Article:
Aaron Swartz wrote:
> email@example.com <firstname.lastname@example.org> wrote:
> > Similarly, it's easier for an average adult to imagine that young
> > Kragen (or Aaron Swartz, or Albert Sittler, or any of a number of
> > other kids I could name) is really an adult mind that has somehow
> > transmigrated into a child's body than to really understand the person
> > before them.
> > Gifted children no more have "adult minds" than adult dwarfs have
> > "children's bodies".
> I can't resist responding! Perhaps it's not that some children are "gifted",
> but that the trivial busywork and nonsense of school and society destroy
> most other children.
I've been raising several children and around many more and that, along
with my experience growing up, has convinced me that maturity is about
numerous awakenings of various kinds. These can indeed happen very
early or very late, or sometimes never. There is also a qualitative
aspect that is typically not respected until after you have fully
My point is that while an imperfect environment might not provide
optimal development, thinking that children will develop perfectly if
just left alone is niave. On the other hand, most children/people have
great potential that is only partially realized because they are not
lead through, exposed to, or pressured into passing those milestones.
Often even carefully explaining and demonstrating concepts doesn't cause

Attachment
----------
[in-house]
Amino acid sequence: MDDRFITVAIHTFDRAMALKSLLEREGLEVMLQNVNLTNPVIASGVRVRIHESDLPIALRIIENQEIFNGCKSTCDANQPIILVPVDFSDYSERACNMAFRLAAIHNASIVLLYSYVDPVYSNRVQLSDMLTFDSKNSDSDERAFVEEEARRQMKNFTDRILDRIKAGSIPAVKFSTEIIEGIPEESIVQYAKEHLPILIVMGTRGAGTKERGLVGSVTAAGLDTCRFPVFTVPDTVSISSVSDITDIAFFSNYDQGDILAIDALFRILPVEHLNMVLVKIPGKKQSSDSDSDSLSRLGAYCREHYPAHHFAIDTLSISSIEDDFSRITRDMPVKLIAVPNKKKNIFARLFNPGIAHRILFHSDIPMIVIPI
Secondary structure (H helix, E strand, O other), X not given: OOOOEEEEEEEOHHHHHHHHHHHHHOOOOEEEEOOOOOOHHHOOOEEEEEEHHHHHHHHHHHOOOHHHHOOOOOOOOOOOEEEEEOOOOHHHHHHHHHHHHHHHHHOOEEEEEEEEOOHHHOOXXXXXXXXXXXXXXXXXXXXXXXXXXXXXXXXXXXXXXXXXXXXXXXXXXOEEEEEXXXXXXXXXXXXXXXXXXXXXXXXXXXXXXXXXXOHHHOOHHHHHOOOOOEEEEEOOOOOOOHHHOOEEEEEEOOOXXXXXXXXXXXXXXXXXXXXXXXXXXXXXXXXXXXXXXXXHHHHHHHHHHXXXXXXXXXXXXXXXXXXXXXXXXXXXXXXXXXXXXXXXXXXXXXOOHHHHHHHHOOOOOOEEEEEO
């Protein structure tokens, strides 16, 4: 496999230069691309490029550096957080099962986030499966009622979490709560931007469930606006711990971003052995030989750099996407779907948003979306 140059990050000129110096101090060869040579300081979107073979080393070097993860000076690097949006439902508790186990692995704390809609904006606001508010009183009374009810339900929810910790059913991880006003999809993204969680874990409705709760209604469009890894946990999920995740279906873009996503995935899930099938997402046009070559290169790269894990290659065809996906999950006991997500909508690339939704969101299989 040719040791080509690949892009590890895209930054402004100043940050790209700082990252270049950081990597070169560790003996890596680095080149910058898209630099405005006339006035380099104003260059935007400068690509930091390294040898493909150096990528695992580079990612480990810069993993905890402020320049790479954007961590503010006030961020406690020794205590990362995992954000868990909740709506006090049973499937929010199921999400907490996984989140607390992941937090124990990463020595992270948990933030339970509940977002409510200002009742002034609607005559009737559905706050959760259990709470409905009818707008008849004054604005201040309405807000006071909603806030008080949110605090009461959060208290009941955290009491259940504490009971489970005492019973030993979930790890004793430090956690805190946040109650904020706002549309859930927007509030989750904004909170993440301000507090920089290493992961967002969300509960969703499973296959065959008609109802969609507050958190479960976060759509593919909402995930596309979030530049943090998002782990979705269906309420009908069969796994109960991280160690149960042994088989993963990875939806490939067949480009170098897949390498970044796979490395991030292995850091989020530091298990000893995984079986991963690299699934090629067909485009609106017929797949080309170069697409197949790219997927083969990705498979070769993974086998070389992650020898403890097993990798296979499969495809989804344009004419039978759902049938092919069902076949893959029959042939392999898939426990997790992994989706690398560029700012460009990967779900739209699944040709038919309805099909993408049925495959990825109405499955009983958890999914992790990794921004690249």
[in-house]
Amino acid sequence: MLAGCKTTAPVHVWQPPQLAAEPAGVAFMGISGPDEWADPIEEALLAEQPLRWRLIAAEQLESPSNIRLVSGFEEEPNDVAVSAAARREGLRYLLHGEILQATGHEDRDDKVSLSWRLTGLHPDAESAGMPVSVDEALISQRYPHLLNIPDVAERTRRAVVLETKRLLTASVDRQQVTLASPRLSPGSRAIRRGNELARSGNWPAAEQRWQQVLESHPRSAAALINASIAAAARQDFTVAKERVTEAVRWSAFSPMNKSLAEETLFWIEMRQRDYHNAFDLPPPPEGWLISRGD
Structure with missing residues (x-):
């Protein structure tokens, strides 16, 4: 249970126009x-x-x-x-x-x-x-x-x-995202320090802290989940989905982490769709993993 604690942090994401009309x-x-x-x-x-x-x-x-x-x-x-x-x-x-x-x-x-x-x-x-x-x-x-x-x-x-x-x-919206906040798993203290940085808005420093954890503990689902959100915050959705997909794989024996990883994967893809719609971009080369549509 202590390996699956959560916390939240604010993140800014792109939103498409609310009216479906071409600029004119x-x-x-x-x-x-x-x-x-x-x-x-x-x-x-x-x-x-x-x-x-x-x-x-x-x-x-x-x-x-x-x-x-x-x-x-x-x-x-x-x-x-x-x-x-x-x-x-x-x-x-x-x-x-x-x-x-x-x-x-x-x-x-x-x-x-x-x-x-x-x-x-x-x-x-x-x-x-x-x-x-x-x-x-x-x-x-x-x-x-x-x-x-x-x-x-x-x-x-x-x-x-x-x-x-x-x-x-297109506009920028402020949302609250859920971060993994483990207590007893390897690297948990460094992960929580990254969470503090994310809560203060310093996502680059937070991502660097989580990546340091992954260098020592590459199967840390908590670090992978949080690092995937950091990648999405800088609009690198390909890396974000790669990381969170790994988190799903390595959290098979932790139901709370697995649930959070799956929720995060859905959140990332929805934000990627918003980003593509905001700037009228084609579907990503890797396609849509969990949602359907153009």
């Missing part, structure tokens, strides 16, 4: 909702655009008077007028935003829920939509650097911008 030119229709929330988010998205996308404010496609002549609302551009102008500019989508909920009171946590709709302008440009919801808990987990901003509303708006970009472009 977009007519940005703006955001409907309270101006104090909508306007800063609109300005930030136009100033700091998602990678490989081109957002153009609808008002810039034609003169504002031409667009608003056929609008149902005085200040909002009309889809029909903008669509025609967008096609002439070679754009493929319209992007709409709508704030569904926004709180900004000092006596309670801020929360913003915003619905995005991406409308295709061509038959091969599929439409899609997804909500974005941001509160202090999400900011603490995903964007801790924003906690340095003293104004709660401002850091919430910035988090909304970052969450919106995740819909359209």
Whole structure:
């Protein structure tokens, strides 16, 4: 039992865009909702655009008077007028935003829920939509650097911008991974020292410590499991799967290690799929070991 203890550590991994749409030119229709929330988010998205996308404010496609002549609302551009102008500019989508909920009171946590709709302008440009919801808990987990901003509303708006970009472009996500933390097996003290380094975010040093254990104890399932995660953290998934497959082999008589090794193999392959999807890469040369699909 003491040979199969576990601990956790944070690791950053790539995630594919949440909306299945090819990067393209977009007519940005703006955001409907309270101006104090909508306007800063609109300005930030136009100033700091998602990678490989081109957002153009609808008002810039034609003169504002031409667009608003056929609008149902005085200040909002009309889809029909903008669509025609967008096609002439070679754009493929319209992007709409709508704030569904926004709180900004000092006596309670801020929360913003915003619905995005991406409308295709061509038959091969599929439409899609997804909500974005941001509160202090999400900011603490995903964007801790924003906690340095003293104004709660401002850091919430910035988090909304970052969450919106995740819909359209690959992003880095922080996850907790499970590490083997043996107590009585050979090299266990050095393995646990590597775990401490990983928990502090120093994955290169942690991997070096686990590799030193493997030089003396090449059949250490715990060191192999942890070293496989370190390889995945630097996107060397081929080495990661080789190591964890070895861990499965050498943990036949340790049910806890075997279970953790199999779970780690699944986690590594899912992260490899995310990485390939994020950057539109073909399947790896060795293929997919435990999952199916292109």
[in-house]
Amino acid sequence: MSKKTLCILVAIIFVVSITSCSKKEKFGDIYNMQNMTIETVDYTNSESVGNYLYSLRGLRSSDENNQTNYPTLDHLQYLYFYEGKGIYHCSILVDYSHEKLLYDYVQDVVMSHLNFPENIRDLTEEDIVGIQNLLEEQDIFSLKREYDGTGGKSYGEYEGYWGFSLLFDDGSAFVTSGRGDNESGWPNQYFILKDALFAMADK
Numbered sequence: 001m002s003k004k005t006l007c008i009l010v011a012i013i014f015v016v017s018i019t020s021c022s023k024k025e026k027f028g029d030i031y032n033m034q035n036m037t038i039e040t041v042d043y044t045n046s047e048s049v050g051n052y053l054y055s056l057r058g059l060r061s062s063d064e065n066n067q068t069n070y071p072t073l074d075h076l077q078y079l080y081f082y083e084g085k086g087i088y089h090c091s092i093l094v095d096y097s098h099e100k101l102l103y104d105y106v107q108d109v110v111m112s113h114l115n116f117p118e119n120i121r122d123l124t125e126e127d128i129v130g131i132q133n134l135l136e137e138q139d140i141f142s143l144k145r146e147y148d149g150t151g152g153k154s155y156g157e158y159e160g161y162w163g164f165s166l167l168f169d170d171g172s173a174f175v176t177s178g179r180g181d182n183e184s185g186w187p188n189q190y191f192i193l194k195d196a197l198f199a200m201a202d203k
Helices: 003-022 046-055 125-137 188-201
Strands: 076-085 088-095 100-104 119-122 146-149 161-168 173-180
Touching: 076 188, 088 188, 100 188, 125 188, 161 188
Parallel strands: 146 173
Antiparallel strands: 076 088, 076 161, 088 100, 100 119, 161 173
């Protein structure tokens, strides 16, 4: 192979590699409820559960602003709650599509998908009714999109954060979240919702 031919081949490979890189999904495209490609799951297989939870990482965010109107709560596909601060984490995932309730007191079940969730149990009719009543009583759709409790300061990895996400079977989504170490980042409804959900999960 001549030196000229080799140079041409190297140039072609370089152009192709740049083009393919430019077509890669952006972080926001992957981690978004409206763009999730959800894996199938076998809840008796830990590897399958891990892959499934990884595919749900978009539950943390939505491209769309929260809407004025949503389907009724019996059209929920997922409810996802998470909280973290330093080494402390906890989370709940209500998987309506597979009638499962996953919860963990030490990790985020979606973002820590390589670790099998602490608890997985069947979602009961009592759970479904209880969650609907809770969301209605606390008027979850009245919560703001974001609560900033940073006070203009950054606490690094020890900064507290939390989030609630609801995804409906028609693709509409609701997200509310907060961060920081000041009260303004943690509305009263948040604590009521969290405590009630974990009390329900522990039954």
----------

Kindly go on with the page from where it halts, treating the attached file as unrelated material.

them to be ingrained or understood.
As for "adult minds", gifted children can pass generally accepted adult
milestones except for certain areas such as physiological controlled
development. The neural development stages that determine pre-teen and
various teen levels can vary quite a bit.
The maddening thing about trying to help children develop is that:
o) They are all completely different,
o) It seems that many lessons cannot be taught in any straightforward
o) Each "generation's" context is so different that subtle
misunderstandings ruin rapport,
o) Teenagers are more wild in many ways than pre-teens or adults and
spend most of their time with other teens rather than adults who could
provide a role model (re: the 'abolish high-school' thread),
o) Difficult childhoods produce strong, driven people who have a hard
time not producing lazy, aimless, uncontrolled children. Those children
barely provide for their children who then become strong and driven.
Hence the generation-skipping phenomenon and endless frustration of
successful people with their children.
o) It seems that the most important job of a teenager is to build good
mental 'habits' and weed out bad ones. The specifics are less
important. Learning how to learn, work, achieve, befriend, be happy,
contribute, be healthy, and grow beyond entertainment, sex, consuming,
being annoying, and variously wasting life.
Frustration at getting my kids interested in technology is one reason
that I decided to start Tech Scouts and Tech Explorers.
> [ Aaron Swartz | email@example.com | http://www.aaronsw.com ]
-- firstname.lastname@example.org email@example.com swilliams@Jabber.com Stephen D. Williams Insta, Inc./Jabber.Com, Inc./CCI http://sdw.st 43392 Wayside Cir,Ashburn,VA 20147-4622 703-724-0118W 703-995-0407Fax Dec2000
This archive was generated by hypermail 2b29 : Fri Apr 27 2001 - 23:17:43 PDT